Microsoft has launched a free e-book that aims to teach teenagers how to keep themselves, and their computers, safe on the Internet.

Entitled "Own Your Space: Keep Yourself and Your Stuff Safe Online," the book is designed to teach "computer and Internet savvy 'tweens' and teens" about the risks of that there big bad Internet. Interestingly for the traditionally closed-source software giant, Microsoft has chosen to release the 266-page book under a Creative Commons licence for free download and redistribution.

So what do the lucky "tweens" have in front of them when they've downloaded the 12.3MB PDF? The first chapter, "Protect Your Turf," introduces us to Braden, "a typical 14-year old [who has] over the past 6 months [...] grown three inches, gained four shoe sizes, and eaten his way through nearly a ton of pizza." Sadly for Braden, we also learn that "he’s also unintentionally trashed his family’s computer no less than 12 times" by clicking 'OK' to one too many dialogue boxes.

That's pretty much the tone throughout the book, but it does a surprisingly good job of educating without patronising. The second chapter, "Know Your Enemies," is a particularly enjoyable history of viruses, malware, and spyware. Other chapters deal with subjects such as "Taking Spam Off the Menu" and "Phishing for Dollars."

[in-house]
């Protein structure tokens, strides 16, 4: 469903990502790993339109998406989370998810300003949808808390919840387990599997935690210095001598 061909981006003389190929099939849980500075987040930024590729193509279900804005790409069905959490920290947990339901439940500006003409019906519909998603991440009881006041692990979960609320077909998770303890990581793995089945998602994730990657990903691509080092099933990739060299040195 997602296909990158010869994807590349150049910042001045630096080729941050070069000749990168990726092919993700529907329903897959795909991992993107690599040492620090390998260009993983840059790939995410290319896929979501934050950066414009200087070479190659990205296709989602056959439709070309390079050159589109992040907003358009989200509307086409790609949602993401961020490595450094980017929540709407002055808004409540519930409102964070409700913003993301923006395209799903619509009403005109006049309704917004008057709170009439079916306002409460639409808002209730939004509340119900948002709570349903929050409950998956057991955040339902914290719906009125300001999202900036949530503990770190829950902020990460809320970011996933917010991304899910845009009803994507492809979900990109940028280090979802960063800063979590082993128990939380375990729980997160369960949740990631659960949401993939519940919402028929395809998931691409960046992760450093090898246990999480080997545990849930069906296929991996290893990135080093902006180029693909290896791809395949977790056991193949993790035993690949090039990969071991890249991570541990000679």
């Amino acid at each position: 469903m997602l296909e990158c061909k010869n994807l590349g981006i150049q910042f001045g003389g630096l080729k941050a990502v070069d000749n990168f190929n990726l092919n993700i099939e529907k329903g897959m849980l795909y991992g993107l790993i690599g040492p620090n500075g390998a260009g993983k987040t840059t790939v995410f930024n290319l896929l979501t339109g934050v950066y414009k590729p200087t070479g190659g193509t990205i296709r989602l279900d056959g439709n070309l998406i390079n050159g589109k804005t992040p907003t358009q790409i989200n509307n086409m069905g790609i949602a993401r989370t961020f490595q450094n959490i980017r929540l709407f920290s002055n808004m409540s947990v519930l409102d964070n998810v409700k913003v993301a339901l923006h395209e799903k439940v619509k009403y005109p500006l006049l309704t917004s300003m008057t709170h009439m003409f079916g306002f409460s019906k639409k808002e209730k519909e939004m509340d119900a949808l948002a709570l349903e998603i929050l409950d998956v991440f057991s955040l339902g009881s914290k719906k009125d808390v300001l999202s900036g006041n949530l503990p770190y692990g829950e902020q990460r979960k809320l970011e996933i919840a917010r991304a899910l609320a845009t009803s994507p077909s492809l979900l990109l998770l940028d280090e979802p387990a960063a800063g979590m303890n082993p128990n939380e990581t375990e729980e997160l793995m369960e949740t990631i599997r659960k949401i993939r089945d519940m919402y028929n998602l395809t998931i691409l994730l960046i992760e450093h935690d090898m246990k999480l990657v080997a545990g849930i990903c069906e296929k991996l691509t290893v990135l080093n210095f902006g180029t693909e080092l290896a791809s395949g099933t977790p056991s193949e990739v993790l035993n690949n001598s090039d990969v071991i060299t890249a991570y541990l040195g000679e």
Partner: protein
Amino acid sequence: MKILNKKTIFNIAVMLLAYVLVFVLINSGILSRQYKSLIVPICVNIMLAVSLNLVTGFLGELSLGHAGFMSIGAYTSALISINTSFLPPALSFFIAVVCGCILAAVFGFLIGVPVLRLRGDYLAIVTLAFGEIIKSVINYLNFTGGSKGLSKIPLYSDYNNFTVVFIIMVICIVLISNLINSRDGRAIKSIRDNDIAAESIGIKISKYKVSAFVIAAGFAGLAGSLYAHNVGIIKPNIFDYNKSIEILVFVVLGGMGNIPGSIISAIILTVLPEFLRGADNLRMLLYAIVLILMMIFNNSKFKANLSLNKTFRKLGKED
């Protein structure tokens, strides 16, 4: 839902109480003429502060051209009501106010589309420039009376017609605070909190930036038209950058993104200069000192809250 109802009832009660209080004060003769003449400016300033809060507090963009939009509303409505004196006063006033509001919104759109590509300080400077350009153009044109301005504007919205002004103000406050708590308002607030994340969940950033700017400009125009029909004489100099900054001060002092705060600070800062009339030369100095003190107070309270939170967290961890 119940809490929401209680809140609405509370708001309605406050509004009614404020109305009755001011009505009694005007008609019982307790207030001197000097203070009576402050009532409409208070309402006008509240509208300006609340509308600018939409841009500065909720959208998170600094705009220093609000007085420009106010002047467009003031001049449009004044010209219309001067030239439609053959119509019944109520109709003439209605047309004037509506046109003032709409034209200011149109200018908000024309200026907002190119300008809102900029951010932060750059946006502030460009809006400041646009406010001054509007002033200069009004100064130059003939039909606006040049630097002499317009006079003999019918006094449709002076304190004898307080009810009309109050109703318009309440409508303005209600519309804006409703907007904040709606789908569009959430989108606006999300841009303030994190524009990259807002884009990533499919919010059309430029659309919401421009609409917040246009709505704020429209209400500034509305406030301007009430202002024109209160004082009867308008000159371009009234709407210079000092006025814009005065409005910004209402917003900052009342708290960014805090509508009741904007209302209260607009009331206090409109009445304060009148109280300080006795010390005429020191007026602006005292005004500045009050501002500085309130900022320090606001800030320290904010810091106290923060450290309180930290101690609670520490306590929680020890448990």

Some of the sections are surprisingly in-depth, with the chapter titled "Any Port in a Storm" talking the user through how firewalls work and the use of ipconfig to find your IP address.

Your average bit-tech reader isn't going to find much new information here, but "Own Your Space" is a neat compilation of history and sound safety advice for the less experienced members of the family. Sadly, the cutesy illustrations and appeals to the "tween" market may well limit its usefulness if you want to teach your parents not to click on malicious downloads.

The full book or just individual chapters are available as a PDF download from Microsoft's site.

Do you think that Microsoft's book could prove a useful guide for the younger generation, or is it too weighty a tome for your average "tween" to digest without getting bored? Share your thoughts over in the forums.

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